I believe it is commonly done - at least in my field, reports that require signatures by Qualified Signers were commonly signed by secretaries, with their initials added. (I use the past tense because this seems to have become less common in recent years - probably due to the use of electronic signatures.)
Is this legal?
My father (a Very Smart Guy) says it is, and says he does tax returns for other family members and signs their names and his initials. But he cautions that he only does this because he prepares these returns himself, so he knows what he’s signing on their behalf. If you randomly sign something for someone else without knowing what you’re signing, even if you initial it, you’re running the risk that should questions be raised about the doc, the guy you signed it for will deny authorizing you to sign it, and then you’re in the hot seat.
What’s going on here is called agency. Is person B authorized to act as an agent for person A? If so, B’s signature for A is legally binding on A. Whether third-party C accepts this signature is another matter. In the context you describe, agency is established by a pattern or practice. In other contexts, it’s established by a power of attorney. BTW, the agent’s initialling the signature is neither necessary nor sufficient. An uninitialled signature is valid if agency exists and an initiallled one is not valid if not. A grey area exists where A has often permitted B to act as agent but did not authorize a particular signature. There, agency by estoppel may protect C, but it’s not something people rely on intentionally. And, yes, in that scenario, A has a claim against B.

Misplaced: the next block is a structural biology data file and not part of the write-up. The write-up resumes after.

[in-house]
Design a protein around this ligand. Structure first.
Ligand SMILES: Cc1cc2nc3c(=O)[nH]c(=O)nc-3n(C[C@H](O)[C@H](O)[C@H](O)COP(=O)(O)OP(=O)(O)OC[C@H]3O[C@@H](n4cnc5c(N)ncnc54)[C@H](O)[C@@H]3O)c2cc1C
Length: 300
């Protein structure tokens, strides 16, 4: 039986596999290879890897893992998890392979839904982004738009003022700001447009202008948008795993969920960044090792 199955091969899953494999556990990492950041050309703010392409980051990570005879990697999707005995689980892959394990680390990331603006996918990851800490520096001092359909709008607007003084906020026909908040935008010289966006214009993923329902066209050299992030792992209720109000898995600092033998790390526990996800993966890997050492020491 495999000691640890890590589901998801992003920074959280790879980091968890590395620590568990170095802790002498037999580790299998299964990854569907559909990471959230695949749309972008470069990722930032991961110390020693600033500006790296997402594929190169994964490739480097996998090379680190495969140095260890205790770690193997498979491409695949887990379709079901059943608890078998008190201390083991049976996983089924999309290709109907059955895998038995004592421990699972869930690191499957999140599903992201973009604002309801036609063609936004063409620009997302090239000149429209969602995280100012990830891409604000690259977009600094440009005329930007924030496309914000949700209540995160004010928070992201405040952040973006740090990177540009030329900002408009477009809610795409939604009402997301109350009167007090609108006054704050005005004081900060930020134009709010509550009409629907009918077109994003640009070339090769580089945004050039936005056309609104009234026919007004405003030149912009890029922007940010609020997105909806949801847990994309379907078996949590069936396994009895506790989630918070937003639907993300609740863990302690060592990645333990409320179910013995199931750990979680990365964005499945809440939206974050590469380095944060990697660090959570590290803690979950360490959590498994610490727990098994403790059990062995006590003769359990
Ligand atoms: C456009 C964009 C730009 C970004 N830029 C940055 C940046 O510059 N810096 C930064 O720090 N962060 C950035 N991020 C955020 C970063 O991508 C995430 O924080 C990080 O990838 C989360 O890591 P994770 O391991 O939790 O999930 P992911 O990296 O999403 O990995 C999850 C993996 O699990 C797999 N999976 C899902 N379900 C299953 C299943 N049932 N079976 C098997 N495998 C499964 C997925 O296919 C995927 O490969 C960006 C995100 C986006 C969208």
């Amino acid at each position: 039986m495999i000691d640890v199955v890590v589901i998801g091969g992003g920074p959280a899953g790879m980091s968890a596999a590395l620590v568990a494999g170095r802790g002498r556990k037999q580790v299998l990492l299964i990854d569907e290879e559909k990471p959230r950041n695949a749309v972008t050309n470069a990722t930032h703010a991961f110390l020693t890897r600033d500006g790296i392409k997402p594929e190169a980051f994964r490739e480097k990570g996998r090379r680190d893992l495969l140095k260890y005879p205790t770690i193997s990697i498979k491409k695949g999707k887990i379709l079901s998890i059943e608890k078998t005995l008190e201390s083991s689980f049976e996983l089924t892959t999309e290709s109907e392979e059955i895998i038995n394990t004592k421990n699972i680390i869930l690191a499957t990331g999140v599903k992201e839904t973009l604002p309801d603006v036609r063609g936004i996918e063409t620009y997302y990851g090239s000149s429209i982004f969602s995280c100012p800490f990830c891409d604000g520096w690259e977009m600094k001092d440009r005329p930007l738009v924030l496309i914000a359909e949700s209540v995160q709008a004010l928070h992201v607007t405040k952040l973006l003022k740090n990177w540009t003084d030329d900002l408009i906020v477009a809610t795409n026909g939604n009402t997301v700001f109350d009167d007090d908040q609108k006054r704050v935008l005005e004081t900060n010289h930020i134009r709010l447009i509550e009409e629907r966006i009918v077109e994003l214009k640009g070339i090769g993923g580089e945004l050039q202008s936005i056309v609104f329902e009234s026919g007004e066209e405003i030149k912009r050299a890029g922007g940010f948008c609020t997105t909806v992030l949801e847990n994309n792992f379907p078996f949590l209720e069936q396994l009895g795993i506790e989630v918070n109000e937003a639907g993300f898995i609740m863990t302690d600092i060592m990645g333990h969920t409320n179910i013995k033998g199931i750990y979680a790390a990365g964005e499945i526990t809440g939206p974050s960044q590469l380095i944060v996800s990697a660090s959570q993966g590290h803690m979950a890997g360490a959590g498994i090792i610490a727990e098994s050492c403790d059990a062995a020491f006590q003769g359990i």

The way I learned it in the miilitary was that the typed document would be prepared with the first person’s signature block. The second person would “sign for” the first by signing the 2nd person’s name prefaced by the word “for.”
There is also the issue of knowing if the first person would’ve actually signed the document had he been present. Some years ago, one of my fellow PN1s got an earful from both me and our Leading Chief for “signing for” me a pay document he knew full well I would not have approved.
Try writing an English name in a Korean form! The Korean writing system has one syllable written in the space of one English letter and Korean names are 3 syllables long usually, with a number of people having two syllable names. That can lead to some funny things. The name of my church in Korea begins with the Korean for “Jesus Christ.” Well, a year and a half ago, I got a certified letter from the church admin office in Seoul. The notification form from the post office had just enough room for the postman to write in Korean “Jesus Christ.” When I told my mom about it, she said, “Don’t keep the Lord waiting! Hang up the phone and go get it right now!”